Since the Coronavirus first reared its ugly head, I have been recommending telecommuting as a way of reducing the risks of spreading Corvid19 through your workforce. I have been pushing for this for years for many reasons, including reduced business costs, staff satisfaction, reduced commuter traffic congestion and more. I’m pleased to see news media and others now also trumpeting this call.
Working from home isn’t easy and straightforward for everyone and I’d like to share 5 tips, based on personal experience, that might help.
- Make sure you have a space that is just for work. Minimise distractions and while it may be home, while you are in that home office, it is not your home.
- Work out a plan if you have a partner and children. If you haven’t worked at home before, agree on some basic rules. For example, a signal, maybe a closed door, that says you are at work. Compensate by making quality time available.
- Find a way to stay focused and stick to task. Forest is a cool mobile app that can help. A virtual tree grows as long as you stay focused for a predefined period of time. It withers if you stop the activity you are doing. What’s even more cool, is that the more you use it, the more real trees sponsors pay to have planted.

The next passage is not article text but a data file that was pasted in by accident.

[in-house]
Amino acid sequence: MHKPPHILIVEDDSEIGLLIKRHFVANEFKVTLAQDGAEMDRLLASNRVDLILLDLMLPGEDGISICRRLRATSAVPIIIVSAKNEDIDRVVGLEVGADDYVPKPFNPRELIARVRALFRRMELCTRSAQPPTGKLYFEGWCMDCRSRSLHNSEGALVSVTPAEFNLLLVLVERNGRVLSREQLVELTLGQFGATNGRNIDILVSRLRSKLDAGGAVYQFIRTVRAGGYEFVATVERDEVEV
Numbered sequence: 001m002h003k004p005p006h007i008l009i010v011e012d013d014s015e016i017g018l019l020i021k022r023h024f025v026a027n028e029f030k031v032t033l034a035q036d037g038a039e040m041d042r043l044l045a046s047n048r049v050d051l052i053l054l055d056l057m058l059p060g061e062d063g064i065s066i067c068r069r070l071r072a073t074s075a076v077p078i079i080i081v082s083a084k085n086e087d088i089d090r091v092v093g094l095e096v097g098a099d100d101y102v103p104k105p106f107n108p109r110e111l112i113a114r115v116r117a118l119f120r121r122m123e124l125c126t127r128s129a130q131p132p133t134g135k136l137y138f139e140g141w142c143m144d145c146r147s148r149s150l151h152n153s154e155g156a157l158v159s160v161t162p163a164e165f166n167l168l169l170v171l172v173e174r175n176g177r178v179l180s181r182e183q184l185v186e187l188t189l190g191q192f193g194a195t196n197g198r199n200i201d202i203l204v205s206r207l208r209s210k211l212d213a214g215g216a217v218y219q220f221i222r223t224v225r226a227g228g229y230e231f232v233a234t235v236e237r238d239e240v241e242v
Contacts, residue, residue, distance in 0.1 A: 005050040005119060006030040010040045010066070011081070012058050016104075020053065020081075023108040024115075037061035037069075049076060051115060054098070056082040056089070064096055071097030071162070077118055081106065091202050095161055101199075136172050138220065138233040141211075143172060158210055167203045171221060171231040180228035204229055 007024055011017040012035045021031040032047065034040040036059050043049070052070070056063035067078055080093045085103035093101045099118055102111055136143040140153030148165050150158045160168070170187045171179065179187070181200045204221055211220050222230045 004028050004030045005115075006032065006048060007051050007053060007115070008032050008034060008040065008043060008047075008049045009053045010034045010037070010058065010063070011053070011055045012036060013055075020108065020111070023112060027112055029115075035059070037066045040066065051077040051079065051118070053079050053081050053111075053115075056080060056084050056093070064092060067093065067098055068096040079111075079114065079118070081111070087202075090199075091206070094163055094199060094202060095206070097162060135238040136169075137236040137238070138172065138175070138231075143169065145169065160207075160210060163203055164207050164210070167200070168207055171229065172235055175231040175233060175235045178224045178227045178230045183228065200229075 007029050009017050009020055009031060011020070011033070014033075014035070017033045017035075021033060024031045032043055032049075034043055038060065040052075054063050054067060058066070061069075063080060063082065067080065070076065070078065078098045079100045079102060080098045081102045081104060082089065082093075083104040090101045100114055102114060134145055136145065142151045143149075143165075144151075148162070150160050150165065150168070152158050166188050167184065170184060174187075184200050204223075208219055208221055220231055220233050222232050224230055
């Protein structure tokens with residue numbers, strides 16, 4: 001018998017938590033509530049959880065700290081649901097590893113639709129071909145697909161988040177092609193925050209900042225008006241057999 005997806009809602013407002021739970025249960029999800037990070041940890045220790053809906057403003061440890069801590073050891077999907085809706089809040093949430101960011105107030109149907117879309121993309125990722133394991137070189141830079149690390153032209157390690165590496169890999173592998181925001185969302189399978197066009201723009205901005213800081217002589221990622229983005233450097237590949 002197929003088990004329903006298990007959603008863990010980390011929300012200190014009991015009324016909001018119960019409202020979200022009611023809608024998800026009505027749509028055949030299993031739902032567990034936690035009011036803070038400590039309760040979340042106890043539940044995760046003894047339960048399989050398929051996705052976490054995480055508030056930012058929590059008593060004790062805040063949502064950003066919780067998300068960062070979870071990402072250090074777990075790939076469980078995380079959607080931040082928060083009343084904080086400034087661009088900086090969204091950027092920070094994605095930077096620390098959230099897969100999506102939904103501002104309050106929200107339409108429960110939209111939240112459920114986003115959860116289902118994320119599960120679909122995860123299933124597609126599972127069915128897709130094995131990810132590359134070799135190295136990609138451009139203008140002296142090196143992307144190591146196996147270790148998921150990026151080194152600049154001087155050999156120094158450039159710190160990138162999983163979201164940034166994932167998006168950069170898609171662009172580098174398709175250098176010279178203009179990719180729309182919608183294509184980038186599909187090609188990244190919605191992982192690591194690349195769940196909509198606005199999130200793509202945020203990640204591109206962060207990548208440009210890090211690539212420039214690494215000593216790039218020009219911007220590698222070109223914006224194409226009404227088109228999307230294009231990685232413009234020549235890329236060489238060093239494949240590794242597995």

- Whether you are the people leader or the staff member, stay in touch with your colleagues. Have virtual meetings, maybe Skype or Zoom as a way of maintaining business relationships. That contact is really important and helps maintain continuity.
- Make sure you take home everything you will need. Laptop, paperwork, meeting notes. There is nothing worse than getting to your home office and finding you have forgotten something essential.
Evidence suggests that productivity and job satisfaction increase, when people are entrusted with telecommuting. There is the potential for the coronavirus to decimate some workplaces, it also means that people can feel safe, working at home.
When people feel a little off colour and start coughing and sneezing, this causes concerns for fellow workers. It also means that people can continue to work, without using up sick leave or annual leave.
If your business has been considering allowing or encouraging staff to telecommute, this is a great opportunity for a trial. It doesn’t commit you to doing it long term, although if you do it well, I suspect it will become part of your business model. Don’t treat it lightly though. It isn’t simple to do well. This is why many consultants have been employed in cities like London where traffic congestion is at its worst.